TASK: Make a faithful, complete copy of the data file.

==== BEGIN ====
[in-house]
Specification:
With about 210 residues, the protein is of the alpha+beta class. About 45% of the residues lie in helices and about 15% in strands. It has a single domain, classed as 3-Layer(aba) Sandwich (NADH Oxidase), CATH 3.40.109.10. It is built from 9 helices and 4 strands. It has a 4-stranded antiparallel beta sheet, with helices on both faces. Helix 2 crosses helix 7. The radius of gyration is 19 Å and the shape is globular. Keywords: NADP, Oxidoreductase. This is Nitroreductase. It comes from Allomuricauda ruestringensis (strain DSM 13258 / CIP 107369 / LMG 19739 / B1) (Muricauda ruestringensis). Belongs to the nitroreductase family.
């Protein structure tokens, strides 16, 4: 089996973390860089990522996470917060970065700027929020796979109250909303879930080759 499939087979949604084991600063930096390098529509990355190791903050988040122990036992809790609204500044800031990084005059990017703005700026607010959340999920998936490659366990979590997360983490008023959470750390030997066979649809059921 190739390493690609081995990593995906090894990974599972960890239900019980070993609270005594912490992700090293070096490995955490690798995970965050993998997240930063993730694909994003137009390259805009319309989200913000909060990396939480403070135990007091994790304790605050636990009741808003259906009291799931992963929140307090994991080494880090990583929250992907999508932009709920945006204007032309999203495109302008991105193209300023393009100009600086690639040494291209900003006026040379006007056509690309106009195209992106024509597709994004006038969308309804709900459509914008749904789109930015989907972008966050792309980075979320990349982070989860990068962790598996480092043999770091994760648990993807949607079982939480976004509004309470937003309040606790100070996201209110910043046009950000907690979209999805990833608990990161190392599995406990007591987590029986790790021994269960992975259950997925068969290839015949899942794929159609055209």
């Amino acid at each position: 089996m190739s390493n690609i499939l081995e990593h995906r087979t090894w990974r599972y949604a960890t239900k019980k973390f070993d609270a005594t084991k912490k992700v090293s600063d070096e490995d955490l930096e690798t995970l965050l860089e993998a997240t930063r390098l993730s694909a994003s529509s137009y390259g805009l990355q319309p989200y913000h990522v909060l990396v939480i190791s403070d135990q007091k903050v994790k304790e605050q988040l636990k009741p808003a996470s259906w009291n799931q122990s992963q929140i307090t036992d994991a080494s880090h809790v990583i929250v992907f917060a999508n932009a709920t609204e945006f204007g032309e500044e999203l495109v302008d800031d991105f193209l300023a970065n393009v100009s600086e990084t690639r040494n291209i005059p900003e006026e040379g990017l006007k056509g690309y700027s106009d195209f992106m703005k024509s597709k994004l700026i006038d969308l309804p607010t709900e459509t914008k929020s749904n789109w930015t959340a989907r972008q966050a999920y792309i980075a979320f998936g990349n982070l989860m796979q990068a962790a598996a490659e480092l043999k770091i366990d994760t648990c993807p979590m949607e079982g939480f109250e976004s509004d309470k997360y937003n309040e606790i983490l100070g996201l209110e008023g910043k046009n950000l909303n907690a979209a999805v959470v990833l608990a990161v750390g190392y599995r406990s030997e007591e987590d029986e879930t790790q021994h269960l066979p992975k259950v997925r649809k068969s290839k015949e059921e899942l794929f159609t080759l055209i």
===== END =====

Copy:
[in-house]
Specification:
With about 210 residues, the protein is of the alpha+beta class. About 45% of the residues lie in helices and about 15% in strands. It has a single domain, classed as 3-Layer(aba) Sandwich (NADH Oxidase), CATH 3.40.109.10. It is built from 9 helices and 4 strands. It has a 4-stranded antiparallel beta sheet, with helices on both faces. Helix 2 crosses helix 7. The radius of gyration is 19 Å and the shape is globular. Keywords: NADP, Oxidoreductase. This is Nitroreductase. It comes from Allomuricauda ruestringensis (strain DSM 13258 / CIP 107369 / LMG 19739 / B1) (Muricauda ruestringensis). Belongs to the nitroreductase family.
């Protein structure tokens, strides 16, 4: 089996973390860089990522996470917060970065700027929020796979109250909303879930080759 499939087979949604084991600063930096390098529509990355190791903050988040122990036992809790609204500044800031990084005059990017703005700026607010959340999920998936490659366990979590997360983490008023959470750390030997066979649809059921 190739390493690609081995990593995906090894990974599972960890239900019980070993609270005594912490992700090293070096490995955490690798995970965050993998997240930063993730694909994003137009390259805009319309989200913000909060990396939480403070135990007091994790304790605050636990009741808003259906009291799931992963929140307090994991080494880090990583929250992907999508932009709920945006204007032309999203495109302008991105193209300023393009100009600086690639040494291209900003006026040379006007056509690309106009195209992106024509597709994004006038969308309804709900459509914008749904789109930015989907972008966050792309980075979320990349982070989860990068962790598996480092043999770091994760648990993807949607079982939480976004509004309470937003309040606790100070996201209110910043046009950000907690979209999805990833608990990161190392599995406990007591987590029986790790021994269960992975259950997925068969290839015949899942794929159609055209």
């Amino acid at each position: 089996m190739s390493n690609i499939l081995e990593h995906r087979t090894w990974r599972y949604a960890t239900k019980k973390f070993d609270a005594t084991k912490k992700v090293s600063d070096e490995d955490l930096e690798t995970l965050l860089e993998a997240t930063r390098l993730s694909a994003s529509s137009y390259g805009l990355q319309p989200y913000h990522v909060l990396v939480i190791s403070d135990q007091k903050v994790k304790e605050q988040l636990k009741p808003a996470s259906w009291n799931q122990s992963q929140i307090t036992d994991a080494s880090h809790v990583i929250v992907f917060a999508n932009a709920t609204e945006f204007g032309e500044e999203l495109v302008d800031d991105f193209l300023a970065n393009v100009s600086e990084t690639r040494n291209i005059p900003e006026e040379g990017l006007k056509g690309y700027s106009d195209f992106m703005k024509s597709k994004l700026i006038d969308l309804p607010t709900e459509t914008k929020s749904n789109w930015t959340a989907r972008q966050a999920y792309i980075a979320f998936g990349n982070l989860m796979q990068a962790a598996a490659e480092l043999k770091i366990d994760t648990c993807p979590m949607e079982g939480f109250e976004s509004d309470k997360y937003n309040e606790i983490l100070g996201l209110e008023g910043k046009n950000l909303n907690a979209a999805v959470v990833l608990a990161v750390g190392y599995r406990s030997e007591e987590d029986e879930t790790q021994h269960l066979p992975k259950v997925r649809k068969s290839k015949e059921e899942l794929f159609t080759l055209i």